• Join over 1.2 million students every month
  • Accelerate your learning by 29%
  • Unlimited access from just £6.99 per month

The Design Argument

Extracts from this document...


The Design Argument In this essay I intend to look at the Design Argument in depth. I will outline the key features of the Design Argument, looking at the historical aspects, the modern version (including the anthropic principle) and the important people in the Argument for Design;, such as William Paley and David Hume. I will then examine the strengths and weaknesses, and evaluate. The Design Argument is also known as the Teleological Argument coming from the Greek word 'telos' meaning 'end' or 'purpose'. It is a form of natural theology based on reason rather than special revelation. Its basis is on the evidence of design that people can see in the world around them. The biblical writers assume that the world exhibits order and design and is the 'handiwork' of the Creator (God). Quote: 'For since the creation of the world God's invisible qualities - his eternal power and divine nature - have been clearly seen, being understood from what has been made, so that men are without excuse'. The Argument from Design originated with Thomas Aquinas. Aquinas said that nature points to the notion of order in that things seem to have an innate sense of purpose/design. ...read more.


It states that how even a slight change in the way the world is made up then intelligent life would have been unlikely to develop. This theory is often labeled 'the new design theory. Tennant argued that there were 3 types of natural evidence in the world to favor a natural designer: * The world can be analysed in a rational manner. * The fact and way in which the inorganic world sustains life. * The fact that evolution has moved towards intelligent life. The Design Arguments main strength is of being based on empirical observation rather than the abstract reasoning found in arguments like the ontological argument, and, to a lesser extent, the cosmological argument. The evidence that supports the Design argument can be seen in the world around us. This argument is simple to understand. It is very logical and has value since humans are designers by nature and it is natural to think in terms of things having purpose. It is also strong because it is consistent with Scripture: Quote: "For since the creation of the world His invisible attributes, His eternal power and divine nature, have been clearly seen, being understood through what has been made, so that they are without excuse." ...read more.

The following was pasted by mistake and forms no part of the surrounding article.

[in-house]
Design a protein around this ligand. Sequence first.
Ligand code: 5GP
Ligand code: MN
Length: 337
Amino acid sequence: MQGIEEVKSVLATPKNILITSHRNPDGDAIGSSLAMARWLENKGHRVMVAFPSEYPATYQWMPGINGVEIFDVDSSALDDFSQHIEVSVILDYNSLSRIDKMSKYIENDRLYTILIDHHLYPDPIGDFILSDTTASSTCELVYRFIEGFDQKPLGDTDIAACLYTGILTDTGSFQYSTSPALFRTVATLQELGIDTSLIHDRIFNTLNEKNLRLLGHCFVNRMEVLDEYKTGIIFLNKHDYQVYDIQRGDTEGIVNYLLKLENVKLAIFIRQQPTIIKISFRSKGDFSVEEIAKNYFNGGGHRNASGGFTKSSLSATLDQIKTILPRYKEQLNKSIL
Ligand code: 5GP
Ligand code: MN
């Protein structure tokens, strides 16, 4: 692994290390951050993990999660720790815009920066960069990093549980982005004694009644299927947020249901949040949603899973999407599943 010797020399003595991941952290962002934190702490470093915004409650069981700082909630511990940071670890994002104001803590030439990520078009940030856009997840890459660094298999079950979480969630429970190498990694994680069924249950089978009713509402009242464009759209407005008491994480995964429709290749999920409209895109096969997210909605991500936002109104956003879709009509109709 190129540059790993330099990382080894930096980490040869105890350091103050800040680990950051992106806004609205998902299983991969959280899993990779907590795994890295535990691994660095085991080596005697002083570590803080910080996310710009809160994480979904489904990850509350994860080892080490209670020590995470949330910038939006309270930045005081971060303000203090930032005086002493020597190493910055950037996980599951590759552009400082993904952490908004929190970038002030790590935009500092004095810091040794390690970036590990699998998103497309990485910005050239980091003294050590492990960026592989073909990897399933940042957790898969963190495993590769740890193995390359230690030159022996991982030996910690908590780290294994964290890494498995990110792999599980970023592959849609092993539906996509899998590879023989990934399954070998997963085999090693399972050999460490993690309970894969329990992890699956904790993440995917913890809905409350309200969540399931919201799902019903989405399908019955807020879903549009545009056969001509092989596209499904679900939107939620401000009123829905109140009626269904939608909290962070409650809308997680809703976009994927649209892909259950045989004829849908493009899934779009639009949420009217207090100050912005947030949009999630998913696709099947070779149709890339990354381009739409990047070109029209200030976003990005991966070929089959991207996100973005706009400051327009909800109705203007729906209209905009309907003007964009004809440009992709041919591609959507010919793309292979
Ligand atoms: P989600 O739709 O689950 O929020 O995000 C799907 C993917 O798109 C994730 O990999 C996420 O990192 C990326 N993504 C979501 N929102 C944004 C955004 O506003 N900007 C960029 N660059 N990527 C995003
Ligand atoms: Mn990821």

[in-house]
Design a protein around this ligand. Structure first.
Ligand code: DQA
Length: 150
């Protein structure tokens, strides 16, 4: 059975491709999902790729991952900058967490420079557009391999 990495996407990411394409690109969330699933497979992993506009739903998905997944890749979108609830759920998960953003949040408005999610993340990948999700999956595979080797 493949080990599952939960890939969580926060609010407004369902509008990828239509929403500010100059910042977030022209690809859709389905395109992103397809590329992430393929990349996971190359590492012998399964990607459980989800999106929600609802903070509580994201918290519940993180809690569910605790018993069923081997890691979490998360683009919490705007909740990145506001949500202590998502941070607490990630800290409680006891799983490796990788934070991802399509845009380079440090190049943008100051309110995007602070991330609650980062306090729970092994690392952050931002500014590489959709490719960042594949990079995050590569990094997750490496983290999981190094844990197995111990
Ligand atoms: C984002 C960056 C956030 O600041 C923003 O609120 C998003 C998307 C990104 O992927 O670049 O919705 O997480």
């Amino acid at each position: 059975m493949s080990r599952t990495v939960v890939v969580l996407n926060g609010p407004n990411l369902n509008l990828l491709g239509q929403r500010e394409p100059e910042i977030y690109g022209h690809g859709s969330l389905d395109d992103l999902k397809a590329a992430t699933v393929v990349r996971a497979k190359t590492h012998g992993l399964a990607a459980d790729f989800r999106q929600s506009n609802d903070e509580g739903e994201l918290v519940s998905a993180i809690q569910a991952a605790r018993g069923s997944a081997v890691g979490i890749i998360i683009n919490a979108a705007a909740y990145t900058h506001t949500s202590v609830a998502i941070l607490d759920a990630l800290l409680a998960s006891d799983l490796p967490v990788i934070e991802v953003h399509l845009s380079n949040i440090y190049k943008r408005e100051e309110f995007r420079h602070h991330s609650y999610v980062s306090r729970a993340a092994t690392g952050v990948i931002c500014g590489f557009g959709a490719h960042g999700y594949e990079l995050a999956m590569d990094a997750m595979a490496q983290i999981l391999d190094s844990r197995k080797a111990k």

Charles Darwin's Theory of Evolution/Natural Selection is important as it gives an explanation to what has happened that does not include God. The theory is that animals with the fittest genes (those which best suit its environment) survive and others are wiped out, hence giving the effect/image of evolution over generations as they adapt to the precise conditions in which they live. There is no place for any designer, for God, in this theory. Darwin said that things such as the complex structure of the eye evolved as a progression of slight improvements in answer to anti-evolutionists argument that things such as the eye are too complicated too have evolved. In conclusion, I side with the critics of the design argument. I think that its key arguments are too easily picked apart and turned against it such as in the way which Hume did so. In my opinion as well, the universe and a watch are too dissimilar to be used to argue such a point. I also think that it has very little in defense against the theory of evolution/natural selection. The defense that complex structures such as the eye could not have evolved lacks foundations and I think that there is enough evidence of time in which a gradual progression of slight improvements (as Darwin said) could have lead to the evolution of the eye. ...read more.